According to the annual report of the Instituto Cervantes, nearly 500 million people around the world have Spanish as their mother tongue – so plenty of people to talk to once you master this language. Of course, that does not mean that every hispanohablante speaks exactly the same Spanish.
We often notice that at our intercambio events, where Dutch language students practise their Spanish with Spanish-speaking students and vice versa. Each edition features people from different Latin American countries, leading to different topics of conversation – from Mexican weddings to Argentinian yerba mate.
It is of course impossible to summarise all language differences in a concise way. But we can list the biggest and most striking differences, so you won’t be surprised if your neat Castilian doesn’t quite help you understand what those Colombians are trying to tell you.
You might have heard once that you have to lisp a bit if you want to sound like a real Spaniard. That is true indeed, but then we are talking about Spaniards literally. In most of Spain, the Z and the C (before an E or I) are pronounced as a kind of English TH, while in Latin America it is more like a firm S. A Spaniard would therefore pronounce Plaza de las Cruces as platha de las cruthes, and not as plasa de las cruses, as they would in South America. Or on the Canary Islands, where you won’t hear that lisp either.
Another big difference is the LL and the Y, that are pronounced as a Y in Spain, but often more like an SH in Argentina and Uruguay (or think of the ‘ti’ in ‘station’). So if you want to introduce yourself, don’t say yo me llamo, but sho me shamo.
The X is also a special case, especially in Mexico. Until the sixteenth century it was usually a SH, but then it shifted to the hard G in Dutch – you actually say Me-gi-co. In many words, the spelling also changed, like from exército to ejército, but especially in Mexico the X as a Dutch G remained intact. As in the word Mexico itself, but also in Oaxaca and Xalapa. In addition, many (especially indigenous) words with an X in Central America have retained their original pronunciation, which is why the Guatemalan city of Xela and the Mexican Punta Xicalangó are still pronounced with an SH.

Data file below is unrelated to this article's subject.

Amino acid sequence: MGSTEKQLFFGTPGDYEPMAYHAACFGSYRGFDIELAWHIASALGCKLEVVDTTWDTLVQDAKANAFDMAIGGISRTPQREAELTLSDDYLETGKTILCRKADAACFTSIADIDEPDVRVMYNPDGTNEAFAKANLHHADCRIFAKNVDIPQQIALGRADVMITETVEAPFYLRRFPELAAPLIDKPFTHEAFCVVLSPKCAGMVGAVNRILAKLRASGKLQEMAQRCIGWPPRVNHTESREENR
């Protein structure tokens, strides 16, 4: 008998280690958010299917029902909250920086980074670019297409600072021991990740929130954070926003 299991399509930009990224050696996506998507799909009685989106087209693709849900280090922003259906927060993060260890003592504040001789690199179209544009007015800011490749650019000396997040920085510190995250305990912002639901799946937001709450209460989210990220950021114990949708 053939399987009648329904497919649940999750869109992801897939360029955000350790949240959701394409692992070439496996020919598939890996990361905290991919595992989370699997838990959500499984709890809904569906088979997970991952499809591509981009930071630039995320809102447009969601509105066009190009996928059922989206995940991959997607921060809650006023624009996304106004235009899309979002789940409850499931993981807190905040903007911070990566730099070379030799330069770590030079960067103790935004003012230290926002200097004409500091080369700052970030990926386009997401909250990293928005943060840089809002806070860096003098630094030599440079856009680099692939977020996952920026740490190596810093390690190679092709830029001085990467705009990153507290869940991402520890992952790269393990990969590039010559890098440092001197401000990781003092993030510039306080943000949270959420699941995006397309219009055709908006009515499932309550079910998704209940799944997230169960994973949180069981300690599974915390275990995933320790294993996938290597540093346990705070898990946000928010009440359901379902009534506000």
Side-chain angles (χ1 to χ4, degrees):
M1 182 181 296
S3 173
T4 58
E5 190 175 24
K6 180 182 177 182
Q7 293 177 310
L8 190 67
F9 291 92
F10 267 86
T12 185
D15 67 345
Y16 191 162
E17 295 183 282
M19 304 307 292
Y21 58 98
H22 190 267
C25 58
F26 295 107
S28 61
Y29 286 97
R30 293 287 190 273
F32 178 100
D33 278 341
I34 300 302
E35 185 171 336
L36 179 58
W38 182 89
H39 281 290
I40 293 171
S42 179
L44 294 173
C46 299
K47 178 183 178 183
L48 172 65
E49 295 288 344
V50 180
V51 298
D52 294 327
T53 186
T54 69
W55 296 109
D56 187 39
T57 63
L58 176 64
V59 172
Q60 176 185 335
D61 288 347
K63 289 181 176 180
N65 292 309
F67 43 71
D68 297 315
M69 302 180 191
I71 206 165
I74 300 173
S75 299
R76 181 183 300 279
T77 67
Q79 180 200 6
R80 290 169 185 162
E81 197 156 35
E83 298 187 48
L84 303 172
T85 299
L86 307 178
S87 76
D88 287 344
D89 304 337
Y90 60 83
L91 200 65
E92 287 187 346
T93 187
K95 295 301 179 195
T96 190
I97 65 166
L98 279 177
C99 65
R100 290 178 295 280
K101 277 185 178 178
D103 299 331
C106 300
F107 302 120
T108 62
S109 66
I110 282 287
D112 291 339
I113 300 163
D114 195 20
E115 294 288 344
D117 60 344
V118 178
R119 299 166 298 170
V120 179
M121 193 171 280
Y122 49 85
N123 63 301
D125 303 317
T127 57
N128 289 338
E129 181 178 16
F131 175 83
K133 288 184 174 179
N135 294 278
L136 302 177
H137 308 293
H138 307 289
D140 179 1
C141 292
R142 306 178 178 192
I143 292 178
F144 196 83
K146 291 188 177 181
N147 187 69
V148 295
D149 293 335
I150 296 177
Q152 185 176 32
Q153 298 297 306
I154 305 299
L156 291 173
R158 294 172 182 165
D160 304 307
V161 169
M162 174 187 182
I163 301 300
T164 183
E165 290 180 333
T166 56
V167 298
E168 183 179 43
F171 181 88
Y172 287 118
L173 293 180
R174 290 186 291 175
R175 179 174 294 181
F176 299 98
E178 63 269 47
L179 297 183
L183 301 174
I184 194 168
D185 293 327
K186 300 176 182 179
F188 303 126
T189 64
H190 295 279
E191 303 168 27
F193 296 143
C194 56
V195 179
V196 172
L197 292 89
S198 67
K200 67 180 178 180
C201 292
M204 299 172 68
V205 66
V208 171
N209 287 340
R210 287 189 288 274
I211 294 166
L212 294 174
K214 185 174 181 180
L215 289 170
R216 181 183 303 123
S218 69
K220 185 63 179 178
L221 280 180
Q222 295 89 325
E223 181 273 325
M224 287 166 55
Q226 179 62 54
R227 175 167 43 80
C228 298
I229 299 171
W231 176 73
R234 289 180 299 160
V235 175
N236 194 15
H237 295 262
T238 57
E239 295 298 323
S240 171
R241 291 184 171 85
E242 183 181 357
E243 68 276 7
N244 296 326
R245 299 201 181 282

If you want to say ‘you’, there are two ways to do so in Spain: formally (ustedes) and informally (vosotros/vosotras). In Latin America people only use the first form, which is therefore also used for informal situations. That might sound very polite, but it’s comparable with the way in which the Flemish use ‘u’ and ‘uw’ more often than the Dutch.
Have you just completely mastered how to use tú in all tenses? Nice! But in some Latin American countries that doesn’t help a lot, because vos is being used. In Argentina, Paraguay and Uruguay, as well as Central American countries such as Honduras, Nicaragua and Costa Rica, vos is used as an informal form for the second person. There are also countries in which both exist, such as Bolivia, Colombia and Chile. But in Spain, Mexico, Cuba, Peru, the Dominican Republic and Puerto Rico, they just stick to tú. To make it just a bit easier.
The conjugation is also different: in Spain they say ¿de dónde eres?, but vos has a different ending, so it becomes ¿de dónde sos? With regular verbs, the difference can be subtle, in the sense that only the accent changes: tú llegas, vos llegás.
Then there are countless differences in word usage. In Spain you drive your coche, but in South and Central America it is often rather a carro, and the verb that goes with it is not conducir, as in Spain, but manejar. In Latin American countries you call with a celular (and not a móvil), you sit behind your computadora (instead of ordenador) and you do not write with a bolígrafo, but with a pluma or lapicera.
If you order something in a restaurant, a camarero could help you out in Spain, but in Argentina, Paraguay and Uruguay you’ll have to speak to the mozo, and in Central America to the mesero. If the tapas (Spain), picaditas (Argentina) or pasapalos (Venezuela) taste good, you can say that they are estupendo, bárbaro or chévere, respectively. Particularly the patatas (or papas, in Latin America).
Finally, the word coger regularly causes misunderstandings. In Spain you can just use that to say you want to ‘take’ the bus, but in many Latin American countries it rather refers to the act of love. And everyone probably understands that you are not really attracted to a bus, but it is still advisable to just use tomar instead.
Blog by Dutch teacher (and Spanish student) Yoran.